Practice the questions of **McGraw Hill Math Grade 8 Answer Key**** PDF** **Lesson 3.3 Adding and Subtracting Fractions with Like Denominators** to secure good marks & knowledge in the exams.

## McGraw-Hill Math Grade 8 Answer Key Lesson 3.3 Adding and Subtracting Fractions with Like Denominators

**Exercises Add**

Question 1.

\(\frac{3}{4}\) + \(\frac{3}{4}\)

Answer:

\(\frac{6}{4}\) or \(\frac{3}{2}\) or 1\(\frac{1}{2}\),

Explanation:

Given to add \(\frac{3}{4}\) + \(\frac{3}{4}\) as

both have common denominators we add numerators as

\(\frac{3 + 3}{4}\) = \(\frac{6}{4}\) or \(\frac{3}{2}\) as numerator is greater than denominator we write in mixed fraction as \(\frac{1 X 2 + 1}{2}\) = 1\(\frac{1}{2}\).

Question 2.

\(\frac{1}{5}\) + \(\frac{4}{5}\)

Answer:

\(\frac{5}{5}\) or 1,

Explanation:

Given to add \(\frac{1}{5}\) + \(\frac{4}{5}\) as

both have common denominators we add numerators as

\(\frac{1 + 4}{5}\) = \(\frac{5}{5}\) or 1.

Question 3.

\(\frac{5}{8}\) + \(\frac{5}{8}\)

Answer:

\(\frac{10}{8}\) or \(\frac{5}{4}\) or 1\(\frac{1}{4}\),

Explanation:

Given to add \(\frac{5}{8}\) + \(\frac{5}{8}\) as

both have common denominators we add numerators as

\(\frac{5 + 5}{8}\) = \(\frac{10}{8}\) or \(\frac{5}{4}\) as numerator is greater than denominator we write in mixed fraction as \(\frac{1 X 4 + 1}{4}\) = 1\(\frac{1}{4}\).

Question 4.

\(\frac{7}{9}\) + \(\frac{4}{9}\)

Answer:

\(\frac{11}{9}\) or 1\(\frac{2}{9}\),

Explanation:

Given to add \(\frac{7}{9}\) + \(\frac{4}{9}\) as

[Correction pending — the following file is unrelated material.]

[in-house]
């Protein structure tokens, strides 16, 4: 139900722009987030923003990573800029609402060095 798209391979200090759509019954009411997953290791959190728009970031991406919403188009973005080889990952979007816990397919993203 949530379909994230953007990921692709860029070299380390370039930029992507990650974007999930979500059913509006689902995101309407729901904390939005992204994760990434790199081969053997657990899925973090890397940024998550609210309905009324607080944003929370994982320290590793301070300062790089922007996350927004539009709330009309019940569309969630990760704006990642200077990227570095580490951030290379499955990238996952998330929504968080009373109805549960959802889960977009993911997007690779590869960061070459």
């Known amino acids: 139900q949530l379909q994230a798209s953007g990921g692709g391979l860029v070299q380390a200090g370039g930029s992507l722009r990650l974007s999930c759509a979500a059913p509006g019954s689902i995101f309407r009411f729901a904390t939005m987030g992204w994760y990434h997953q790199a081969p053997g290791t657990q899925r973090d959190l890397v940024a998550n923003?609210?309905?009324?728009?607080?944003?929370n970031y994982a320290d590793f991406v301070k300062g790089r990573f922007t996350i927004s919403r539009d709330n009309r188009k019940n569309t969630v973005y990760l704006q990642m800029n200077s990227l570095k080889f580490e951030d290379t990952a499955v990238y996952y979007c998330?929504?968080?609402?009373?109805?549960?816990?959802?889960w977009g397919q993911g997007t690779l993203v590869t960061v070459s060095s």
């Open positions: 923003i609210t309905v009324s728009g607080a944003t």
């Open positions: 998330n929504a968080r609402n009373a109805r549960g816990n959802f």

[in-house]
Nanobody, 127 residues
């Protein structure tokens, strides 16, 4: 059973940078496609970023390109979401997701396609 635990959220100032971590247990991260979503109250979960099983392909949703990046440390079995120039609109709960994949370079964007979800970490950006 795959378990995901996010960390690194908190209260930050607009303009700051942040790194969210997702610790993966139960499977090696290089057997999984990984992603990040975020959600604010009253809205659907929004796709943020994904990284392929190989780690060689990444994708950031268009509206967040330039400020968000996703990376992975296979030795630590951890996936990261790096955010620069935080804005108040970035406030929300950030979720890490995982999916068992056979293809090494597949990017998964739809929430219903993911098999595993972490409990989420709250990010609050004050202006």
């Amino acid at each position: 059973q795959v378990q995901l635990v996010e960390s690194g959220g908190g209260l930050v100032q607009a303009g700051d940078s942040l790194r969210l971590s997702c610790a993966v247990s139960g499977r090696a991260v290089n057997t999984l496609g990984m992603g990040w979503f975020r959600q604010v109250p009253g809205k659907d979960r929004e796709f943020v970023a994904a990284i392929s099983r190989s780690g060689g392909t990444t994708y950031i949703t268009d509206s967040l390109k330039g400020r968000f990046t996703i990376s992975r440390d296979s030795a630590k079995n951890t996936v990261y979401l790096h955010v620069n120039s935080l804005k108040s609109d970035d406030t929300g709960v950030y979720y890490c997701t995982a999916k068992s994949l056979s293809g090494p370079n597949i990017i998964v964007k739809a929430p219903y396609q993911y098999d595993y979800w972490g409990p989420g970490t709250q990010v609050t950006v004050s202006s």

both have common denominators we add numerators as

\(\frac{7 + 4}{9}\) = \(\frac{11}{9}\) as numerator

is greater than denominator we write in mixed fraction as

\(\frac{1 X 9 + 2}{9}\) = 1\(\frac{2}{9}\).

Question 5.

\(\frac{4}{11}\) + \(\frac{3}{11}\)

Answer:

\(\frac{7}{11}\),

Explanation:

Given to add \(\frac{4}{11}\) + \(\frac{3}{11}\) as

both have common denominators we add numerators as

\(\frac{4 + 3}{11}\) = \(\frac{7}{11}\).

Question 6.

\(\frac{15}{17}\) + \(\frac{5}{17}\)

Answer:

\(\frac{20}{17}\) or 1\(\frac{3}{17}\),

Explanation:

Given to add \(\frac{15}{17}\) + \(\frac{5}{17}\) as

both have common denominators we add numerators as

\(\frac{15 + 5}{17}\) = \(\frac{20}{17}\) as numerator

is greater than denominator we write in mixed fraction as

\(\frac{1 X 17 + 3}{17}\) = 1\(\frac{3}{17}\).

Question 7.

\(\frac{7}{9}\) + \(\frac{14}{9}\)

Answer:

\(\frac{21}{9}\) or \(\frac{7}{3}\) or 2\(\frac{1}{3}\),

Explanation:

Given to add \(\frac{7}{9}\) + \(\frac{14}{9}\) as

both have common denominators we add numerators as

\(\frac{7 + 14}{9}\) = \(\frac{21}{9}\) =

\(\frac{7}{3}\) as numerator is greater than denominator

we write in mixed fraction as \(\frac{2 X 3 + 1}{3}\) = 2\(\frac{1}{3}\).

Question 8.

\(\frac{2}{3}\) + \(\frac{5}{3}\)

Answer:

\(\frac{7}{3}\) or 2\(\frac{1}{3}\),

Explanation:

Given to add \(\frac{2}{3}\) + \(\frac{5}{3}\) as

both have common denominators we add numerators as

\(\frac{2 + 5}{9}\) = \(\frac{7}{9}\) as numerator is greater than denominator we write in mixed fraction as

\(\frac{2 X 3 + 1}{3}\) = 2\(\frac{1}{3}\).

Question 9.

\(\frac{6}{23}\) + \(\frac{14}{23}\)

Answer:

\(\frac{20}{23}\),

Explanation:

Given to add \(\frac{6}{23}\) + \(\frac{14}{23}\) as

both have common denominators we add numerators as

\(\frac{6 + 14}{23}\) = \(\frac{20}{23}\).

Question 10.

\(\frac{13}{37}\) + \(\frac{24}{37}\)

Answer:

\(\frac{37}{37}\) or 1,

Explanation:

Given to add \(\frac{13}{37}\) + \(\frac{24}{37}\) as

both have common denominators we add numerators as

\(\frac{13 + 24}{37}\) = \(\frac{37}{37}\) = 1.

Question 11.

\(\frac{1}{4}\) + \(\frac{7}{4}\)

Answer:

\(\frac{8}{4}\) or 2,

Explanation:

Given to add \(\frac{1}{4}\) + \(\frac{7}{4}\) as

both have common denominators we add numerators as

\(\frac{1 + 7}{4}\) = \(\frac{8}{4}\) = 2.

Question 12.

\(\frac{3}{11}\) + \(\frac{7}{11}\)

Answer:

\(\frac{10}{11}\),

Explanation:

Given to add \(\frac{3}{11}\) + \(\frac{7}{11}\) as

both have common denominators we add numerators as

\(\frac{3 + 7}{11}\) = \(\frac{10}{11}\).

Question 13.

\(\frac{13}{27}\) + \(\frac{11}{27}\)

Answer:

\(\frac{24}{27}\) or \(\frac{8}{9}\),

Explanation: